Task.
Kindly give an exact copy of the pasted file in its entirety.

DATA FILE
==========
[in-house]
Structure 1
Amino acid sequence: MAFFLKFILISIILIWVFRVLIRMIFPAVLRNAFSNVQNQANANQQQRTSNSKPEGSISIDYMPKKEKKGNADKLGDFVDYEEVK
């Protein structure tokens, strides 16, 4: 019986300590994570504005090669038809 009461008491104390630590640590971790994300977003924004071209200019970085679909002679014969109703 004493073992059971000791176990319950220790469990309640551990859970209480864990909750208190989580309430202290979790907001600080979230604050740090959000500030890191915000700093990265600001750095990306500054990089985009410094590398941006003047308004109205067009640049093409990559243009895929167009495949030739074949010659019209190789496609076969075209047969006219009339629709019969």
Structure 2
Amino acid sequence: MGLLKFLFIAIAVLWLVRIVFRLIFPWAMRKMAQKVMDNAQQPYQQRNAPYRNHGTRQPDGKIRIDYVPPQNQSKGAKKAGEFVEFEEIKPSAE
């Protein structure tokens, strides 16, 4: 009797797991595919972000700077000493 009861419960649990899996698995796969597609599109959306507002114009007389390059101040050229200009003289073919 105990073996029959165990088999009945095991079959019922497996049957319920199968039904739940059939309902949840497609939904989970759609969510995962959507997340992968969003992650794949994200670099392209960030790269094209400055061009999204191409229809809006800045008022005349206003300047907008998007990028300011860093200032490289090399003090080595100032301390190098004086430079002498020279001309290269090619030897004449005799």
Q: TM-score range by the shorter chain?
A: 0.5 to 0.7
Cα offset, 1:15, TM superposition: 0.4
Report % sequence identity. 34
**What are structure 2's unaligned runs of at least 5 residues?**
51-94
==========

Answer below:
[in-house]
Structure 1
Amino acid sequence: MAFFLKFILISIILIWVFRVLIRMIFPAVLRNAFSNVQNQANANQQQRTSNSKPEGSISIDYMPKKEKKGNADKLGDFVDYEEVK
């Protein structure tokens, strides 16, 4: 019986300590994570504005090669038809 009461008491104390630590640590971790994300977003924004071209200019970085679909002679014969109703 004493073992059971000791176990319950220790469990309640551990859970209480864990909750208190989580309430202290979790907001600080979230604050740090959000500030890191915000700093990265600001750095990306500054990089985009410094590398941006003047308004109205067009640049093409990559243009895929167009495949030739074949010659019209190789496609076969075209047969006219009339629709019969």
Structure 2
Amino acid sequence: MGLLKFLFIAIAVLWLVRIVFRLIFPWAMRKMAQKVMDNAQQPYQQRNAPYRNHGTRQPDGKIRIDYVPPQNQSKGAKKAGEFVEFEEIKPSAE
């Protein structure tokens, strides 16, 4: 009797797991595919972000700077000493 009861419960649990899996698995796969597609599109959306507002114009007389390059101040050229200009003289073919 105990073996029959165990088999009945095991079959019922497996049957319920199968039904739940059939309902949840497609939904989970759609969510995962959507997340992968969003992650794949994200670099392209960030790269094209400055061009999204191409229809809006800045008022005349206003300047907008998007990028300011860093200032490289090399003090080595100032301390190098004086430079002498020279001309290269090619030897004449005799």
Q: TM-score range by the shorter chain?
A: 0.5 to 0.7
Cα offset, 1:15, TM superposition: 0.4
Report % sequence identity. 34
**What are structure 2's unaligned runs of at least 5 residues?**
51-94